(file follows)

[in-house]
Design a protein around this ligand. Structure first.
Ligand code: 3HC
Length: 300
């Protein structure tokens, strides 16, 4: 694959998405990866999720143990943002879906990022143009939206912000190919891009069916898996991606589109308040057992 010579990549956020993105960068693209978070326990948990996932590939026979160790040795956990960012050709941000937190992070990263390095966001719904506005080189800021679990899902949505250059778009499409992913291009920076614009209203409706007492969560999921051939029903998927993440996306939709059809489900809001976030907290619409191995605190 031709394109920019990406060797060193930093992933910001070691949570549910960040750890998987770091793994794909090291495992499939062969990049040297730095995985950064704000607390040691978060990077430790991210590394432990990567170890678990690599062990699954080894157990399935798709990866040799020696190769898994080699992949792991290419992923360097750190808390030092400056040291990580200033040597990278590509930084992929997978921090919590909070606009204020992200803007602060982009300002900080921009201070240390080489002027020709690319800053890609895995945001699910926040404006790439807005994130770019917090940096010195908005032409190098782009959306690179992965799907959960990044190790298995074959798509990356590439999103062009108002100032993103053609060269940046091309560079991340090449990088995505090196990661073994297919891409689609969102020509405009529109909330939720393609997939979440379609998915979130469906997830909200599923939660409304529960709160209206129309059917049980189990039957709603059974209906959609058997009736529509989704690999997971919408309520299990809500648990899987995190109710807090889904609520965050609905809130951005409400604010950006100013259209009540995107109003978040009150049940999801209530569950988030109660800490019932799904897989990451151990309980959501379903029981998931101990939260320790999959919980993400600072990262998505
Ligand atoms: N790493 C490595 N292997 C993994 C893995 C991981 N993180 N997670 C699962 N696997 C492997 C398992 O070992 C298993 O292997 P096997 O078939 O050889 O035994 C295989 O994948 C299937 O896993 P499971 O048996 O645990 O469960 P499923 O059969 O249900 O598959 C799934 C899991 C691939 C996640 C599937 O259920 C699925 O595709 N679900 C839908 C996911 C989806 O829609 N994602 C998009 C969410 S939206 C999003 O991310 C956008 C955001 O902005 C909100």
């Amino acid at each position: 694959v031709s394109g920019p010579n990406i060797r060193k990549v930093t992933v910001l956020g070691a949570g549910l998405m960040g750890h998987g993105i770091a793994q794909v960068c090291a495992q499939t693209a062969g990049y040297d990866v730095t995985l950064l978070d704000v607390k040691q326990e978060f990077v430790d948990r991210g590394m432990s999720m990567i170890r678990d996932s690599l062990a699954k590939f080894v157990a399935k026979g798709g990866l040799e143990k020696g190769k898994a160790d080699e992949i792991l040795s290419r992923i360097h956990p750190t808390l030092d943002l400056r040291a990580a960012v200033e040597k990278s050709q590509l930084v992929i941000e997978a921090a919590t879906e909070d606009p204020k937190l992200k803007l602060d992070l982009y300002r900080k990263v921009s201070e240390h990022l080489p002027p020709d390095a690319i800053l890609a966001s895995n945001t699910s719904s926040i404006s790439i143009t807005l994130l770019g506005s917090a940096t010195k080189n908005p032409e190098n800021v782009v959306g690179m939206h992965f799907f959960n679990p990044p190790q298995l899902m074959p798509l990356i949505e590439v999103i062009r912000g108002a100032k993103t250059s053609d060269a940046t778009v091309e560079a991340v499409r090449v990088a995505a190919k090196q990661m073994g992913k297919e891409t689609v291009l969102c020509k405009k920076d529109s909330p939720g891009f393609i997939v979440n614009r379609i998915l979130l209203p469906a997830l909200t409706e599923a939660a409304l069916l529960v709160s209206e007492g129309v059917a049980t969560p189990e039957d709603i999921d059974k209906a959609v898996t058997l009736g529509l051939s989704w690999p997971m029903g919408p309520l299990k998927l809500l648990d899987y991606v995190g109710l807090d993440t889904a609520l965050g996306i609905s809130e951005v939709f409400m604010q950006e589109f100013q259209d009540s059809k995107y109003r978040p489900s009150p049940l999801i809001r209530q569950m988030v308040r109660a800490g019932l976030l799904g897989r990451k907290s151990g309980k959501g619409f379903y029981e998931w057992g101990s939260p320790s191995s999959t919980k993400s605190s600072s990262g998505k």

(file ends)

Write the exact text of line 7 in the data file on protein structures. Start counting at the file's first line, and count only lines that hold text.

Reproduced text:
């Amino acid at each position: 694959v031709s394109g920019p010579n990406i060797r060193k990549v930093t992933v910001l956020g070691a949570g549910l998405m960040g750890h998987g993105i770091a793994q794909v960068c090291a495992q499939t693209a062969g990049y040297d990866v730095t995985l950064l978070d704000v607390k040691q326990e978060f990077v430790d948990r991210g590394m432990s999720m990567i170890r678990d996932s690599l062990a699954k590939f080894v157990a399935k026979g798709g990866l040799e143990k020696g190769k898994a160790d080699e992949i792991l040795s290419r992923i360097h956990p750190t808390l030092d943002l400056r040291a990580a960012v200033e040597k990278s050709q590509l930084v992929i941000e997978a921090a919590t879906e909070d606009p204020k937190l992200k803007l602060d992070l982009y300002r900080k990263v921009s201070e240390h990022l080489p002027p020709d390095a690319i800053l890609a966001s895995n945001t699910s719904s926040i404006s790439i143009t807005l994130l770019g506005s917090a940096t010195k080189n908005p032409e190098n800021v782009v959306g690179m939206h992965f799907f959960n679990p990044p190790q298995l899902m074959p798509l990356i949505e590439v999103i062009r912000g108002a100032k993103t250059s053609d060269a940046t778009v091309e560079a991340v499409r090449v990088a995505a190919k090196q990661m073994g992913k297919e891409t689609v291009l969102c020509k405009k920076d529109s909330p939720g891009f393609i997939v979440n614009r379609i998915l979130l209203p469906a997830l909200t409706e599923a939660a409304l069916l529960v709160s209206e007492g129309v059917a049980t969560p189990e039957d709603i999921d059974k209906a959609v898996t058997l009736g529509l051939s989704w690999p997971m029903g919408p309520l299990k998927l809500l648990d899987y991606v995190g109710l807090d993440t889904a609520l965050g996306i609905s809130e951005v939709f409400m604010q950006e589109f100013q259209d009540s059809k995107y109003r978040p489900s009150p049940l999801i809001r209530q569950m988030v308040r109660a800490g019932l976030l799904g897989r990451k907290s151990g309980k959501g619409f379903y029981e998931w057992g101990s939260p320790s191995s999959t919980k993400s605190s600072s990262g998505k």